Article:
The visa being proposed is a NIV which hinges on ownership of property. In summary, the legislation would create a new homeowner visa that would be renewable every three years. To be eligible, a person would have to buy a primary residence of at least $250,000 and spend a total of $500,000 on residential real estate. (The idea being that you can buy a house to live in and another to rent out.) The properties have to be purchased in cash with no mortgage or home equity loan allowed. And the property would have to be bought for more than its most recent appraised value so no buying up undervalued property on the short sale market. The buyer would have to live in the home for at least 180 days each year and buyers would no longer be eligible for the temporary visa if the property were sold. The final point most likely comes from IRS regulations that state that a person is deemed a U.S. resident for tax purposes regardless of their immigration status if they reside in the country for 180 days or more.
What the bill does not address is the status of the spouse and children. (Click here for a copy of the actual bill. Skip to Section 8.) But it is not unreasonable to expect that spouses and children will get derivative benefits similar to other NIVs. For example, a child of a H-1B holder will get a H-4 derivative visa; a child of a F-1 student will be the recipient of a F-2. These derivative visas will allow the spouse and children to reside in the United States on a valid status as long as the primary recipient’s status is current. The problem, however, arises in the definition of child. Under immigration laws, a child is defined as “an unmarried person under 21 years of age.”
Which brings us to why this bill, even if passed, won’t really affect the EB-5 program. EB-5 visas are Immigrant Visas giving permanent residency to holders of the visa. If you get an EB-5 visa, your child, as long as he or she is unmarried and under 21 years of age, will also get a greencard. Once you get a greencard, you are on a “path of citizenship” which basically means if you retain your status for five years, you are eligible to apply for naturalization. (There are a number of requirements, such as the “physical presence test” that one has to meet, but I won’t go into the specifics here.)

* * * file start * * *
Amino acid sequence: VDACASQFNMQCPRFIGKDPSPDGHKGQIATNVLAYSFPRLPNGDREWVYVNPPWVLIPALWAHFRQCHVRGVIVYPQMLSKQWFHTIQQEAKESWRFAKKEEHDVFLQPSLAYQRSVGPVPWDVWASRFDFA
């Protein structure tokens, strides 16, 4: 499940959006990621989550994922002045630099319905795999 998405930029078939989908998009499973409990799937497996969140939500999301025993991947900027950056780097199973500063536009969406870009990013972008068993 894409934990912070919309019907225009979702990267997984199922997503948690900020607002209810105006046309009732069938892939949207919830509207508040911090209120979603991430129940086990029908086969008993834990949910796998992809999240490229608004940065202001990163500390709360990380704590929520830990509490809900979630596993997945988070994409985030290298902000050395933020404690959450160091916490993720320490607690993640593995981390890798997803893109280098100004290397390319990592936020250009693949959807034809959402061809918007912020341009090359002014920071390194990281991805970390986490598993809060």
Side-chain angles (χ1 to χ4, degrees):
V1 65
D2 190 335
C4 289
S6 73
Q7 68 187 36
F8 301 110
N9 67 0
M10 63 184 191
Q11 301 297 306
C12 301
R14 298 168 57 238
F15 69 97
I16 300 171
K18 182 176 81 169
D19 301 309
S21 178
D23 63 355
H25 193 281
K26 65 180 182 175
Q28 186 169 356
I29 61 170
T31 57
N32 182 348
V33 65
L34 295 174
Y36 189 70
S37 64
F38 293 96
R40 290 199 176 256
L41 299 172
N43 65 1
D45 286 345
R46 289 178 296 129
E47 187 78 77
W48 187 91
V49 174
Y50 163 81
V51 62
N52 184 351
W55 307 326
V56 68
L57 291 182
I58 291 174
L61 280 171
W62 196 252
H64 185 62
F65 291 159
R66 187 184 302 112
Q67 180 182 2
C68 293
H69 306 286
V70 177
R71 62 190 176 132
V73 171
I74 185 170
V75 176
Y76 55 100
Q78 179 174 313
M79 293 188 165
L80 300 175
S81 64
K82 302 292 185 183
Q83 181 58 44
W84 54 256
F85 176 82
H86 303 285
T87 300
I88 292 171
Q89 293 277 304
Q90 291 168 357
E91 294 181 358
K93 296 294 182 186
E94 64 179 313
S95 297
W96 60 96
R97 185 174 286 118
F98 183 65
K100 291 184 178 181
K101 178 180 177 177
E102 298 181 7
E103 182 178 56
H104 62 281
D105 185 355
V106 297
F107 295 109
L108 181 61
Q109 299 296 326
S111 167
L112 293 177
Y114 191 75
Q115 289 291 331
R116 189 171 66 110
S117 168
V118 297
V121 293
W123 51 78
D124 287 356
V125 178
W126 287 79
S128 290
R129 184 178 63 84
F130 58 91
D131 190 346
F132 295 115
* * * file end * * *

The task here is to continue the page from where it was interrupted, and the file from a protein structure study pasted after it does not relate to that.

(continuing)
It is a well-known fact that many people considering EB-5 visas do so for the future of their children. So why would anyone choose to get a NIV that you have to renew every three years if once your children reach 21 they are no longer eligible to stay in the United States? I can see a use for this visa for older people who are retired and want to have some sort of presence in the United States. But for the majority of people who want to “immigrate” to the United States so that their children can build futures here, this visa really doesn’t help that much. Once you are in the United States on this visa, you can’t earn income or run a business (other than getting rental income from any property you might have purchased for investment purposes). You will get none of the benefits of a greencard holder or U.S. citizen, but will be taxed as a U.S. resident (i.e. pay taxes on worldwide income).
In conclusion, I don’t see the bill in its current form dampening investor appetite for the EB-5 visa. That said, I have heard that the mere introduction of the bill has caused confusion among potential investors. If you could buy a house for half a million dollars and get a greencard, would you invest the same funds in a venture by its very definition is “at-risk”? I sure wouldn’t.